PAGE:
Some works by Canadian artists are exhibited at Dulwich Picture Gallery’s latest show “Drawing Attention” alongside drawings from European master painters. Their acute look at nature hints at something we’d better make a point of…
The Canadian artist Emily Carr‘s paintings have not been seen in London since her exhibiton at the Barbican in 1990.
Her name and work are scarcely known to the public on this side of the ocean, although she is considered in her own country a “Canadian icon”, as reported in the Canadian Encyclopaedia.
I happened to discover her while visiting the current exhibition “Drawing Attention” at the Dulwich Picture Gallery, featuring Selected Works on Paper from the Renaissance to Modernism from the Art Gallery of Ontario.
The exhibition is a unique synoptic journey in the western history of drawing, from XV century Italy to international modernity.
Marvellous figure sketches by the likes of Guercino and Annibale Carracci are exhibited alongside detailed works of Dutch and Flemish Art, while the XVIII and XIX century French and British achievements in watercolour are followed by a rich overview of works from the past century’s major draftsmen, such as Schiele, Kandinsky and Pollock.
It is just in the last room, opposite a mixed media, dark drawing by Henry Moore and an inked-sketched Head of a Man by Picasso, that the Canadian artists are exhibited – five little works on paper and on board – strongly associated by a different view on a different world. It is the Group of Seven, a circle of Canadian landscape painters working in the 1920s.
My interest on Emily Carr, for a while part of this group, is awakened not only because she was a woman artist living far-away from the cultural mainstream in the beginning of the 20th century (curiosity and esteem are due, as with Frida Khalo and Georgia O’Keeffe) but also because of the vivid energy and a special kind of breath emerging from the nature she depicts.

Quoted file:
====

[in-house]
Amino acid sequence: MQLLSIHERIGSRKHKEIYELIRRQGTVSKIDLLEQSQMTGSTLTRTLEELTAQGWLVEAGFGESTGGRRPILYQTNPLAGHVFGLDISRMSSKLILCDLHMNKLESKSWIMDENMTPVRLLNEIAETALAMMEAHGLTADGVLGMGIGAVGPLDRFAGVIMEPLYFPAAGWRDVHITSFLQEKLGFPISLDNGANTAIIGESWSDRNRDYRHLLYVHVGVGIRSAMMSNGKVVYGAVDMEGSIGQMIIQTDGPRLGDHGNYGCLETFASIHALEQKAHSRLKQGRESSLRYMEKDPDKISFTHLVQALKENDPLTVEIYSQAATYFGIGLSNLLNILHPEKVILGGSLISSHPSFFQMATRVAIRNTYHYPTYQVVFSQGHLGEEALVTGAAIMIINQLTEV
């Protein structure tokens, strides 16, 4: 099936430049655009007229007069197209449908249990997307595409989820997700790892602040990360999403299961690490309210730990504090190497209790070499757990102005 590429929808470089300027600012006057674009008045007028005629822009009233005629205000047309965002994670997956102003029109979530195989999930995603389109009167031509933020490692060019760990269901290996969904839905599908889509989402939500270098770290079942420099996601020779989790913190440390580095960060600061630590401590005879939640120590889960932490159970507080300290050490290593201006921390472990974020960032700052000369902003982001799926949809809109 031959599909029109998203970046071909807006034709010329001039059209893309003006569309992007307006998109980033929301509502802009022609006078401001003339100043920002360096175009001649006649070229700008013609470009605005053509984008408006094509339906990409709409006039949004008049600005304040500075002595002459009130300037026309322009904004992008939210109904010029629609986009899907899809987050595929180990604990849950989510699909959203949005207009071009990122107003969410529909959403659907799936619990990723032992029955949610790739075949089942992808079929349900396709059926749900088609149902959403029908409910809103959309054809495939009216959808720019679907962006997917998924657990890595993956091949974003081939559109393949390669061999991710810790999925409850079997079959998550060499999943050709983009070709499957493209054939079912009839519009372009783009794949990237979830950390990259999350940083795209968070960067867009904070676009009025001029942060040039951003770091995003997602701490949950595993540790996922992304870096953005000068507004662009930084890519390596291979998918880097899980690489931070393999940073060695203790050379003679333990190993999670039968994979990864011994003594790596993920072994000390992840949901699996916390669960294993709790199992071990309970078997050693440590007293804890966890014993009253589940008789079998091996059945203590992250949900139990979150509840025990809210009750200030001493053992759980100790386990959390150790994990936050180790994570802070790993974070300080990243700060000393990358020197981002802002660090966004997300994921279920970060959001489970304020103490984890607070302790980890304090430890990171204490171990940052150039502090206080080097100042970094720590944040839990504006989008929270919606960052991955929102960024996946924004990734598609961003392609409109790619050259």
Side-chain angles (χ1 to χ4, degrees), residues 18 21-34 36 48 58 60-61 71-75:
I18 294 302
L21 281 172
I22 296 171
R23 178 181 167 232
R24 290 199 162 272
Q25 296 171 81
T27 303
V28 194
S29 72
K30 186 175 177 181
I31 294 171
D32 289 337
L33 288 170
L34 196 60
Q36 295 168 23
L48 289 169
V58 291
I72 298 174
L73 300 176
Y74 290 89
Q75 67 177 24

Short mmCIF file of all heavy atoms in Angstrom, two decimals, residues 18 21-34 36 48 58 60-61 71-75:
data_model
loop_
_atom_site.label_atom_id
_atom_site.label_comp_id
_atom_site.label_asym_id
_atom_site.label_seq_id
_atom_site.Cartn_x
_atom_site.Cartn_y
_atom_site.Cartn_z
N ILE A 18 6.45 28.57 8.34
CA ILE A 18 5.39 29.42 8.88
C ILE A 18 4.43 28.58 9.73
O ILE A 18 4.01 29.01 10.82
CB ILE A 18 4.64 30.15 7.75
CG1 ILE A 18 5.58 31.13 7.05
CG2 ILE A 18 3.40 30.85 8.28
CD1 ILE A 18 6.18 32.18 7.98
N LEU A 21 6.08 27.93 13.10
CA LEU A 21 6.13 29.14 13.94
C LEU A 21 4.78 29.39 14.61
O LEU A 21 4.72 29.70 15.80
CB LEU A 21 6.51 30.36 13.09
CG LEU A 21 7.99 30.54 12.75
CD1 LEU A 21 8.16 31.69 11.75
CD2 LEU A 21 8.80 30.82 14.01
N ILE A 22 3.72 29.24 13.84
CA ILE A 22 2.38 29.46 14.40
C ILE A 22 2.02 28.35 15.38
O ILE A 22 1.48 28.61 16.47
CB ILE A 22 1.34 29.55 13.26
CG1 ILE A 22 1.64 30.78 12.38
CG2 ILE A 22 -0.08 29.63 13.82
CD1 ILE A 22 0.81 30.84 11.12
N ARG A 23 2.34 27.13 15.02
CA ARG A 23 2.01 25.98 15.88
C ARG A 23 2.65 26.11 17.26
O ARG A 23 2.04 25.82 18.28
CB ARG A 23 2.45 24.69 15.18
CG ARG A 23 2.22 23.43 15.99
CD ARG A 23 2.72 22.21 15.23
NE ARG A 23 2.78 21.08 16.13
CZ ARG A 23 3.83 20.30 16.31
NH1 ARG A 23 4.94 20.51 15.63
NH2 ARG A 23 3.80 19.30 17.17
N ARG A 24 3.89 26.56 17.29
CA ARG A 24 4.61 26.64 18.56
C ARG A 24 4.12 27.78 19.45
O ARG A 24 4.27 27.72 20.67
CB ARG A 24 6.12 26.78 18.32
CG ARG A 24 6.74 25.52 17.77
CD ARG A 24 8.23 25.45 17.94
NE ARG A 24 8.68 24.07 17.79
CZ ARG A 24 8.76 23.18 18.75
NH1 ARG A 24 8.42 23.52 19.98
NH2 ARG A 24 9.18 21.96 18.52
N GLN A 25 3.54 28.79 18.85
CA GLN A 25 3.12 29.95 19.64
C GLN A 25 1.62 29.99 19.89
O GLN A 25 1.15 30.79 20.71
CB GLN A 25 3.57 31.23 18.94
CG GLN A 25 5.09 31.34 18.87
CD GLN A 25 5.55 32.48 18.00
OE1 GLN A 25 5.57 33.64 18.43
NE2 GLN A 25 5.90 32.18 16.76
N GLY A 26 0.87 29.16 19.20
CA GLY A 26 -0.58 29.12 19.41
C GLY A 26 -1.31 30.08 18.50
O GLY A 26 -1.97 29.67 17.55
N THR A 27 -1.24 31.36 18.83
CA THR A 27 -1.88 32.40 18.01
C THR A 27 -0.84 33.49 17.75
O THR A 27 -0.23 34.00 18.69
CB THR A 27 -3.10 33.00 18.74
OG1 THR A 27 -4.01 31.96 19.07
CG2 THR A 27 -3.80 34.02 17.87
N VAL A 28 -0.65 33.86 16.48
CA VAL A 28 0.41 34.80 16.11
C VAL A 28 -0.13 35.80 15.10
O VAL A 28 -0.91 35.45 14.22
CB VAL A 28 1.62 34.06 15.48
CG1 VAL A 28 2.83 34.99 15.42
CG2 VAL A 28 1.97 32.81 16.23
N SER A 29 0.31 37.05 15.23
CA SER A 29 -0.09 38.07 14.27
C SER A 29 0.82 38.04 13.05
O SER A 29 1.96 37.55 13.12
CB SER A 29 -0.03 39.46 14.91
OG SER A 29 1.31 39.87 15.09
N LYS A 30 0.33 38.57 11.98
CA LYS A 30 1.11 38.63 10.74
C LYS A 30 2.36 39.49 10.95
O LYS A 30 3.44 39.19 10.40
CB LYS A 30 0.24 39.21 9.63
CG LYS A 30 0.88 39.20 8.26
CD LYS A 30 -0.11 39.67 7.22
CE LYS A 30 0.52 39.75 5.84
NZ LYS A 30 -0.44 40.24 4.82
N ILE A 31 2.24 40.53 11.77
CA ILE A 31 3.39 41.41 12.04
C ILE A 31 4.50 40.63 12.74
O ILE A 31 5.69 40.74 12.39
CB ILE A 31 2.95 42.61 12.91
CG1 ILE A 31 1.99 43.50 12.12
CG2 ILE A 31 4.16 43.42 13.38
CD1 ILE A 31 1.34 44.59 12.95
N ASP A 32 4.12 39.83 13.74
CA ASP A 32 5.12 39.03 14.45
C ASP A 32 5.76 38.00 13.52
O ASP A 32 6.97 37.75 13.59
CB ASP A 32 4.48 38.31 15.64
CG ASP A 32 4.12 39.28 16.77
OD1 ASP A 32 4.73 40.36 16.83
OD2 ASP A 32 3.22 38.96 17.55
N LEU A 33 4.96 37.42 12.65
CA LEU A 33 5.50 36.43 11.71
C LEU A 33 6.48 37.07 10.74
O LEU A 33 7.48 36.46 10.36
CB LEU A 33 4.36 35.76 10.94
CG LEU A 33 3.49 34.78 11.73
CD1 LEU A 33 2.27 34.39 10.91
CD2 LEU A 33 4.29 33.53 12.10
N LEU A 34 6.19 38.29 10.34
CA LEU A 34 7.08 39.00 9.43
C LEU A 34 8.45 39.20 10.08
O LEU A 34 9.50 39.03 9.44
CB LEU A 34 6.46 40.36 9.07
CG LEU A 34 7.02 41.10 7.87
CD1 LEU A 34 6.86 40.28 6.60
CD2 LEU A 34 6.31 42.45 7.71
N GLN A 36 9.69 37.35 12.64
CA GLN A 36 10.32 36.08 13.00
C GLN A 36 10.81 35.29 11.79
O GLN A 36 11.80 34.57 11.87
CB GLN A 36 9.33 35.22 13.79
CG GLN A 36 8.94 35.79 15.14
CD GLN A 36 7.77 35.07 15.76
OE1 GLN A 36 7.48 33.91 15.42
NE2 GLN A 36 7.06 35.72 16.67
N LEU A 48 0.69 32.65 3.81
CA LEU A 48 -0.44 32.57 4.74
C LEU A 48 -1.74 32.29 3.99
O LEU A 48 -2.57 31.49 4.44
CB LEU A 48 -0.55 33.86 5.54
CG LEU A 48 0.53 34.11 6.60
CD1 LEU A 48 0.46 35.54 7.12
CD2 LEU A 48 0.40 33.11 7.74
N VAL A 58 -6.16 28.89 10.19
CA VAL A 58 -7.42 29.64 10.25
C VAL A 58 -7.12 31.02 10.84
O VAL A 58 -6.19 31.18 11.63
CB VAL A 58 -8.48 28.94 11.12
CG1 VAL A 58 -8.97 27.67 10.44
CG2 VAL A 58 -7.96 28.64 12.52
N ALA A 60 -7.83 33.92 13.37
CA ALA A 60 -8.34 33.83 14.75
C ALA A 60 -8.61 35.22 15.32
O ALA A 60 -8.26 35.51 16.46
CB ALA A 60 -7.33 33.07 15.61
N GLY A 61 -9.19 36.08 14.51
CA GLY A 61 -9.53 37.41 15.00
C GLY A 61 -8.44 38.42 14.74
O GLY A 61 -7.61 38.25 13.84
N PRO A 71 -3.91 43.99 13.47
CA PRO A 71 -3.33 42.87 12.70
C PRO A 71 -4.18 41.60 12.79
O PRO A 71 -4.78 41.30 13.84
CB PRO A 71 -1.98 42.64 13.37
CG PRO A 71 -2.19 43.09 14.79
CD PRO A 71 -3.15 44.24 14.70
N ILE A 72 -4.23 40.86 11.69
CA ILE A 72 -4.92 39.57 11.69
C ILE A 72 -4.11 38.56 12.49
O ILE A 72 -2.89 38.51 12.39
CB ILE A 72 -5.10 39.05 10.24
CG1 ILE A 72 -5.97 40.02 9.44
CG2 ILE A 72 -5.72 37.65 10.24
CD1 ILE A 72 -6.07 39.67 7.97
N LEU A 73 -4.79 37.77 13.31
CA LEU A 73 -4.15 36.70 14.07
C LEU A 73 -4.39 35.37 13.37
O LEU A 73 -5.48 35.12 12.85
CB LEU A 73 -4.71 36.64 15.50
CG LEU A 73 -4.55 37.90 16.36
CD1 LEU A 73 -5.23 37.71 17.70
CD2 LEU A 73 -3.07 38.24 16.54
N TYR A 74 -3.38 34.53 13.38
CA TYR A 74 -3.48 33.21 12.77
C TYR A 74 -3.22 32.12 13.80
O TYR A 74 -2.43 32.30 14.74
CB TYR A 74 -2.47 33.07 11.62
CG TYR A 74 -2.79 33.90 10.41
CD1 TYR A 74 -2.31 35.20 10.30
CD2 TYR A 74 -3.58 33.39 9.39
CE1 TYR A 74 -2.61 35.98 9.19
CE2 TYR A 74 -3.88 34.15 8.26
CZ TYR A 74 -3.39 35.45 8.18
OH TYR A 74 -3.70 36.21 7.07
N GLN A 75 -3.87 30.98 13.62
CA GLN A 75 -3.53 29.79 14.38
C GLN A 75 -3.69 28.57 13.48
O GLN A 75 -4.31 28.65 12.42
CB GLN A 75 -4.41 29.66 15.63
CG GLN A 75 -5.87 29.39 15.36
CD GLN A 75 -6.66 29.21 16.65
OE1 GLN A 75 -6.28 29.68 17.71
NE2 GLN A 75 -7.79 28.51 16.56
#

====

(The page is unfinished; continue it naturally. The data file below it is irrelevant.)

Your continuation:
Nature, one of the main subjects of her works, emerges from her tree trunks, freely depicted in green and blue, as forceful, spiritual and powerfully alive.
Fascinated by the strength of the natural world of her native British Columbia, and deeply inspired by the culture and art of the indigenous people of the Pacific North East coast, she expresses Nature with transcendental qualities. Air, trees, leaves and soil are intensely reproduced in open brush strokes and rendered from particular viewpoints that conceive an idea of intense immersion in the mystery and soul of the silent forests.
It is probably this closeness to nature and this uncanny self expression within a physical and psychological immersion in a preserved environment, that strikes me when standing in front of her work . I felt the same pleasure of discovery I recently felt in front of the little, fresh creations by Grandma Moses, in the Folk Art section at the Smithsonian Museum in Washington DC.
Beyond Carr, it was most likely the essential forms of the barren landscape in the Franklin Carmichael’s Snow Clouds, and the impressive atmosphere of the Carl Shaefer’s Storm over the Fields that abruptly reminded me of how far we, western cities’ modern inhabitants, are from that respectful, conscious and still surprised kind of feeling for the nature around us. Unlike the American Romantics, who expressed the astonishing vastness of American landscape (let’s think of Albert Bierstadt), here we confront an intimate and near religious relationship with nature, delivered with a very personal touch.
Considering the big climate threats of our times, caused by men’s altered relationship with nature, these artists from the other side of the Ocean have undoubtedly a lot to tell us.